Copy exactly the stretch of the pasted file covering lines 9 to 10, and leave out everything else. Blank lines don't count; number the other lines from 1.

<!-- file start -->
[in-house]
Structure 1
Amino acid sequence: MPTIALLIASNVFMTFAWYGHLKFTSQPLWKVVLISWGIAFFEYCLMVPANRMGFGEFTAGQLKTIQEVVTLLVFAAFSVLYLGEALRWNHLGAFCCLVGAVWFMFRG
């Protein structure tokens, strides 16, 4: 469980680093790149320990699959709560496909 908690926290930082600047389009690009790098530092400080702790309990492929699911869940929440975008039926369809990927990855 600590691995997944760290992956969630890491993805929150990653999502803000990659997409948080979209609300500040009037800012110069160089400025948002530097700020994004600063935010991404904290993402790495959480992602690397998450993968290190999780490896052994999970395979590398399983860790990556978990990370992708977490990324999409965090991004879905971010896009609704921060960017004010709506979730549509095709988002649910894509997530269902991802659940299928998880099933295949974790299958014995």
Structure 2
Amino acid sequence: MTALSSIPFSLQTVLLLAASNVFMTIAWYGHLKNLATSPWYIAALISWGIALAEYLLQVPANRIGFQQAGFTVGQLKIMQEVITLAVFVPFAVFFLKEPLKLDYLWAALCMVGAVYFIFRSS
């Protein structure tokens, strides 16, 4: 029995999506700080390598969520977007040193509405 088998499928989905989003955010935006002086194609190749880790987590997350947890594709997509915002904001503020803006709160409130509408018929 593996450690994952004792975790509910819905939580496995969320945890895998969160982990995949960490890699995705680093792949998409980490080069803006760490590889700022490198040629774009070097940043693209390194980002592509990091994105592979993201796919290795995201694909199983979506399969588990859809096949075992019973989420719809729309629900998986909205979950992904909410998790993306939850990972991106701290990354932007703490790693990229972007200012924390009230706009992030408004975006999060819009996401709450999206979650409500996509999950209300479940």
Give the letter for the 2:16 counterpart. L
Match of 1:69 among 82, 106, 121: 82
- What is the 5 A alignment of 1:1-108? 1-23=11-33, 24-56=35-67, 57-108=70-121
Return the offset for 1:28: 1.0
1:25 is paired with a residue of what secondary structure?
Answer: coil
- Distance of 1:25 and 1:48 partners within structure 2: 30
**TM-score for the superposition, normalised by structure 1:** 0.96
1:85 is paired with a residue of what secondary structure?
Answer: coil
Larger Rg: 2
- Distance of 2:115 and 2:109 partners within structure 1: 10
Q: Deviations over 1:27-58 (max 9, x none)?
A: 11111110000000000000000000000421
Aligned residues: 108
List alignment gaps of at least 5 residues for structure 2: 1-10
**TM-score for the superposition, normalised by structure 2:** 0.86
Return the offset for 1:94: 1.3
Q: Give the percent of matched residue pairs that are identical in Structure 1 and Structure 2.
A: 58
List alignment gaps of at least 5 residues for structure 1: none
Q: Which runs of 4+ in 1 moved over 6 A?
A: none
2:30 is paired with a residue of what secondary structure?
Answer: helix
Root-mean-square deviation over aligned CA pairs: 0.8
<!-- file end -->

Match of 1:69 among 82, 106, 121: 82
- What is the 5 A alignment of 1:1-108? 1-23=11-33, 24-56=35-67, 57-108=70-121